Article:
And the way for this great revolution is already prepared. The increasing commercial intercourse between the United States and China affords every facility for the transportation of missionaries. The language, whose anomalous structure but a few years ago opposed a barrier more formidable than the great northern wall, or the spell-bound habits of the people, or the stern interdicts of imperial minority, has been perfectly mastered by the learning and zeal of Christian missionaries; and the labors of a Marshman, Milne and Morrison have not only prepared a grammar and a dictionary, but already rendered it tributary to the diffusion of the light of the gospel. A monthly periodical in English, the Chinese Repository, is published at Canton. The whole Bible is translated, and two editions of it are in the hands of the Chinese people, many of whom eagerly receive and read it. A tradition, it is well known, also prevails, that a religion from the west is to supplant the religion of Fo, or Boodh. An Anglo-Chinese College is in operation at Malacca, and Dr. Morrison and others are ready to receive, aid, and instruct new missionaries. His residence for so many years on the borders of the 'celestial empire,' has demonstrated the practicability of a missionary lodgement there, and the recent journals and communications of the devoted missionary Gutzlaff have made this point doubly sure. Even were the danger greater than it is, shall Protestants shrink from entering a field where the emissaries of Rome do not fear to adventure? Is there nothing in the cross, nothing in the command of Him who bled on it for our redemption, nothing in His promises of protection, support, and everlasting reward, nothing in China and her future destinies for this world and the next, to fill and inflame the soul of him who burns to preach Christ among the heathen, and to determine him to this, in preference to any other field? The requisite qualifications, it is true, are by no means small; but is there nothing in view of the considerations at which we have glanced, to stimulate the proper men to offer themselves for the high work of apostleship to China?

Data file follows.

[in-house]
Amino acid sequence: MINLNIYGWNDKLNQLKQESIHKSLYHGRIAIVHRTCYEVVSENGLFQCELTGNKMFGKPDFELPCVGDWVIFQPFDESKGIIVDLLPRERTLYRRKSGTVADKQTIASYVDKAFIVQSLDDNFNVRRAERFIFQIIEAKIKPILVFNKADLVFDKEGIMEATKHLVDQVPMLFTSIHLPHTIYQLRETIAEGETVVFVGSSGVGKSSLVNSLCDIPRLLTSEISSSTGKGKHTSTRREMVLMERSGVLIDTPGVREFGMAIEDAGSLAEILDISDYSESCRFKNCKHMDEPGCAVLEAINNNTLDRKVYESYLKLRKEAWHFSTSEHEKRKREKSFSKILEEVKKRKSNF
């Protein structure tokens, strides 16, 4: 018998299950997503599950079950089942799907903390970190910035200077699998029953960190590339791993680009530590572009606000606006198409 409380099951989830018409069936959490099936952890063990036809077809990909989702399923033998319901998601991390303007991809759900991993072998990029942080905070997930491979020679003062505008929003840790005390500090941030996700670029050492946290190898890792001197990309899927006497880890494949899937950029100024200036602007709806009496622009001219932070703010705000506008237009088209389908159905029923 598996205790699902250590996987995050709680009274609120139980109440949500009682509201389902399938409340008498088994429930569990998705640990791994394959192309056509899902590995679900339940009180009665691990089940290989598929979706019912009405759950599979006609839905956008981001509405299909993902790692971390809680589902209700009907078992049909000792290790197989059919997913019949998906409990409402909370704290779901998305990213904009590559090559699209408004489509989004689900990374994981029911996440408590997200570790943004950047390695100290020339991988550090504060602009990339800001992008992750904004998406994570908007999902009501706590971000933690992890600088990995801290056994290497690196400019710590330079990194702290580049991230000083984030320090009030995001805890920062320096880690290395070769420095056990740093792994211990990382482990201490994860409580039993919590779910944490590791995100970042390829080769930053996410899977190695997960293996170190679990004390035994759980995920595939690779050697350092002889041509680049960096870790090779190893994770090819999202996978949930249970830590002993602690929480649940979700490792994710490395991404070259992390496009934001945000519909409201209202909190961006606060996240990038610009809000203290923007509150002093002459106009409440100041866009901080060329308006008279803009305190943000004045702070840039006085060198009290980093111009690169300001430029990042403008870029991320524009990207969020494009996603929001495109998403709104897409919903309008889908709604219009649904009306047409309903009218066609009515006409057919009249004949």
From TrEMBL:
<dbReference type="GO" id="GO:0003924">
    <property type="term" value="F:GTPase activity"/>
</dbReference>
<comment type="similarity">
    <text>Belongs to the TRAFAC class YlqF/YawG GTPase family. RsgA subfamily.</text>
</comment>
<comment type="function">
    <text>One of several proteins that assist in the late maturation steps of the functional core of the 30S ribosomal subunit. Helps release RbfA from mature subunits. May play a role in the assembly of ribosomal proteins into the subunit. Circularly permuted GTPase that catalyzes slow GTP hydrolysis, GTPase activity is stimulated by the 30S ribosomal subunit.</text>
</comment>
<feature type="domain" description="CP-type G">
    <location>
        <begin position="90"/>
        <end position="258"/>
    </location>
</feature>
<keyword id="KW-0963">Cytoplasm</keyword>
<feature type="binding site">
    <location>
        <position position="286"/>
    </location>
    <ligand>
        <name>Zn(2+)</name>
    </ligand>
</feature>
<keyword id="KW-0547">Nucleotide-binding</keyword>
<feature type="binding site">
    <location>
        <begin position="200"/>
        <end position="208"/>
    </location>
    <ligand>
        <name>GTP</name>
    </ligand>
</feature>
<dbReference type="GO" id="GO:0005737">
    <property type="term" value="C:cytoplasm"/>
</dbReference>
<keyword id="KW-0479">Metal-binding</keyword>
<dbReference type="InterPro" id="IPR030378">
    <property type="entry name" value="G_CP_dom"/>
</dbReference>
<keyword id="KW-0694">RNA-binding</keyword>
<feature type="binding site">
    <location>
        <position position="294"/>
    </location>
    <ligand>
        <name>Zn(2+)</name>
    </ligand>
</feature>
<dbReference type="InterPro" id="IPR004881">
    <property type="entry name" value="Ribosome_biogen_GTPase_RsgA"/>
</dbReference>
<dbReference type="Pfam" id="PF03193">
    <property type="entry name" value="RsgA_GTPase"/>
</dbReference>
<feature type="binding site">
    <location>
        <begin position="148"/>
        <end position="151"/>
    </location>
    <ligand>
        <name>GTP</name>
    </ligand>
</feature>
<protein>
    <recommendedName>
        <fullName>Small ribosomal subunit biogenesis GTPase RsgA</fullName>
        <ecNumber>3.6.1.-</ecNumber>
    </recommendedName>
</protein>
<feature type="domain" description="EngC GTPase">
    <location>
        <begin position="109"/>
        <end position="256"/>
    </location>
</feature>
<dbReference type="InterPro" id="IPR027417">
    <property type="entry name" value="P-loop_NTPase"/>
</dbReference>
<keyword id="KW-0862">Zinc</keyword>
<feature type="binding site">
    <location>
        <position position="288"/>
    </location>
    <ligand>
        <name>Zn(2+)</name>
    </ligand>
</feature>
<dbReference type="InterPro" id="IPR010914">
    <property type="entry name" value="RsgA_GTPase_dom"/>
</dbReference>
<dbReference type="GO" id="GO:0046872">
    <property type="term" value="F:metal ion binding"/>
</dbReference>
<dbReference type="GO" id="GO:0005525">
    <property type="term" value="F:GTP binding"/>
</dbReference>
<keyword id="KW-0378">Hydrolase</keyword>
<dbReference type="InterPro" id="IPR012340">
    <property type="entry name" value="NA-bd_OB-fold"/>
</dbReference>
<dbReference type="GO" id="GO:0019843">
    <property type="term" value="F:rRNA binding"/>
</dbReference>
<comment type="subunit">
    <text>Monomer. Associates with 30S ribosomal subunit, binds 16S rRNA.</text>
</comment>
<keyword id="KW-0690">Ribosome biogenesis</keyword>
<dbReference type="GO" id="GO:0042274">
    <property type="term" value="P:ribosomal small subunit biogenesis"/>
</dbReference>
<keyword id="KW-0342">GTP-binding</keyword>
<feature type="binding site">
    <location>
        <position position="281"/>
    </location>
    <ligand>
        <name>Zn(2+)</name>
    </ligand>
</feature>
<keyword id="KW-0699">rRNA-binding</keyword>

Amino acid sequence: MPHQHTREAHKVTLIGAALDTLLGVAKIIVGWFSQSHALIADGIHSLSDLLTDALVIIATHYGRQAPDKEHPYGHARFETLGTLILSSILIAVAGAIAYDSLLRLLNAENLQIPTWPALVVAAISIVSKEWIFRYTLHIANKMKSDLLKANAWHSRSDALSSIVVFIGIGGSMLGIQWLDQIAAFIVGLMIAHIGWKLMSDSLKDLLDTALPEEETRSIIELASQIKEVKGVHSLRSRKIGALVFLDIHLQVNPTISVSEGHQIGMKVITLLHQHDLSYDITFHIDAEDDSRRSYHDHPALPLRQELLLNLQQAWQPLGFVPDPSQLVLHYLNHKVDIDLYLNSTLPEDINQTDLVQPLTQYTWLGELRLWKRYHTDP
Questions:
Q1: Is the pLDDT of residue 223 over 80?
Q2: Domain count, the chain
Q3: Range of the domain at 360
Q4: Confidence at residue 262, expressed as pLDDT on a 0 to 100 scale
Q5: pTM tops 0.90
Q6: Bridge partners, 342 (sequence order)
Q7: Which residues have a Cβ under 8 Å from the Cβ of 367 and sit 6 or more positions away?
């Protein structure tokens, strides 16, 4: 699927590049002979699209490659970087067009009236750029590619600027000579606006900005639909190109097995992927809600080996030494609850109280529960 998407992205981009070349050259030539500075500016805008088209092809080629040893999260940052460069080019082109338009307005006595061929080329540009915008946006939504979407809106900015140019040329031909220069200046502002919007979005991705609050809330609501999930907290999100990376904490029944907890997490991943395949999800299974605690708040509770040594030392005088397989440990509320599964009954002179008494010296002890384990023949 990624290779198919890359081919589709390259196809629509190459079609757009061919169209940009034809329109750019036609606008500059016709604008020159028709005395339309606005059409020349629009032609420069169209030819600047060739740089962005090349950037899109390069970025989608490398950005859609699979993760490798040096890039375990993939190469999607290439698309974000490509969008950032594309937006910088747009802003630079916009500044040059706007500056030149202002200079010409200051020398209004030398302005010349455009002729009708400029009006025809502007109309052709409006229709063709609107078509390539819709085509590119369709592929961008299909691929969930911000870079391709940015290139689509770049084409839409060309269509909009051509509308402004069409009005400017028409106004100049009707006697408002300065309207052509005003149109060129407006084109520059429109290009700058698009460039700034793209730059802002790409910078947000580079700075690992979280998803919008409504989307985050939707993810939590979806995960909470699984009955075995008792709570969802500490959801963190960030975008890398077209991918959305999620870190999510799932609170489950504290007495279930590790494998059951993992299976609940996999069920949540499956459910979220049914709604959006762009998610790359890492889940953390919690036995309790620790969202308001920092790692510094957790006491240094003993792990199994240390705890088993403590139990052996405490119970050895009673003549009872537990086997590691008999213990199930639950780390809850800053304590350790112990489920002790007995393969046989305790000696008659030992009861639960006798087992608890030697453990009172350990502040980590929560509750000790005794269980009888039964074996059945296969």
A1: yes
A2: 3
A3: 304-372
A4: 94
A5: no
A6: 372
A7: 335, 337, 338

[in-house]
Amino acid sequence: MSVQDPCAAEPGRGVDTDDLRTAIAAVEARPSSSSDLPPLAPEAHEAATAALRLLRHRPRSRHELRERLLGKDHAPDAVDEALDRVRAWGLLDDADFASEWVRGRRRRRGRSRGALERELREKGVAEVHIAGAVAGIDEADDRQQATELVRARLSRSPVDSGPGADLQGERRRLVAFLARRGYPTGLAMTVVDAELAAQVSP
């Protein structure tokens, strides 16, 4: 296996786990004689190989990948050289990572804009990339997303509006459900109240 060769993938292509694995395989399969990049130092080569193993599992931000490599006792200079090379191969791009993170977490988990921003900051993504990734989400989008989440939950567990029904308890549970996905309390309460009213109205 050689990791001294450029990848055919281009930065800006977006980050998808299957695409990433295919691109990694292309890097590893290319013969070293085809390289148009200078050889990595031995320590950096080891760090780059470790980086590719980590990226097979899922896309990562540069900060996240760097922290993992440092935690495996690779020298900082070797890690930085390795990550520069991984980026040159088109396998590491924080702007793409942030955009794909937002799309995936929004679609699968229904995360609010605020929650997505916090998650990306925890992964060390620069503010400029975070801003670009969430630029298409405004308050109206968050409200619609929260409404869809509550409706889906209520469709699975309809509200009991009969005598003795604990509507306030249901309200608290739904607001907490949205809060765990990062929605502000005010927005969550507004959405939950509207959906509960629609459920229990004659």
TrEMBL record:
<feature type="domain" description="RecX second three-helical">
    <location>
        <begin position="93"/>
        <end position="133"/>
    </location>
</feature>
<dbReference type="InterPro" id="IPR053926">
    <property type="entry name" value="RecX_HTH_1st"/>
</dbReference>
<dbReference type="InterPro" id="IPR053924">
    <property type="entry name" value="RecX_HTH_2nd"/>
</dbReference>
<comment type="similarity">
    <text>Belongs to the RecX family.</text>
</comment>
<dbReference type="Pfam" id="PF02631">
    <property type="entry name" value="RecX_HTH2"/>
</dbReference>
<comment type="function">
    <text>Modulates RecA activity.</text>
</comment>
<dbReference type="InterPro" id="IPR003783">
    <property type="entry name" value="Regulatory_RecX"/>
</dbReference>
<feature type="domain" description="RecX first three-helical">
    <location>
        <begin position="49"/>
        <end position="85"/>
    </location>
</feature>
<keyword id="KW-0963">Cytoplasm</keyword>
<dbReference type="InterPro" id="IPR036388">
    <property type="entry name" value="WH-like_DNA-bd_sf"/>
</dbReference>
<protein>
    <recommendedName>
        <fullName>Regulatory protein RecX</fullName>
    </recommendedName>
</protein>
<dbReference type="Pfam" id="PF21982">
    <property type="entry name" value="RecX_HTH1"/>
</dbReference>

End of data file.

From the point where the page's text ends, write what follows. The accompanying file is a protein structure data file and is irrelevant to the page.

We cannot believe that such men are not to be found. We cannot believe the great Head of the church will not raise up such men to accomplish under Him this great and important work. And we are not prepared to admit that among the laborers in that vast field, there are none to be called out of the bosom of our American Baptist churches. Where then are the men whom the Lord has chosen, whom he has stirred up to this great enterprize, whom he has endowed with a zeal and energy, a courage and a fortitude, a self-forgetfulness and devotedness, a humble consciousness of weakness combined with high and holy trust in Him, a prudence, discretion,


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and overflowing love to the perishing heathen, that mark them out for this glorious service, and make them feel that they could be happy to die in the attempt? Our Board of Missions, we understand, at this moment only wait to find the men.
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[From The American Baptist Magazine, Volume 14, 1834, pp. 94-96. Document frorm Google Books On-line. Scanned and formatted by Jim Duvall.]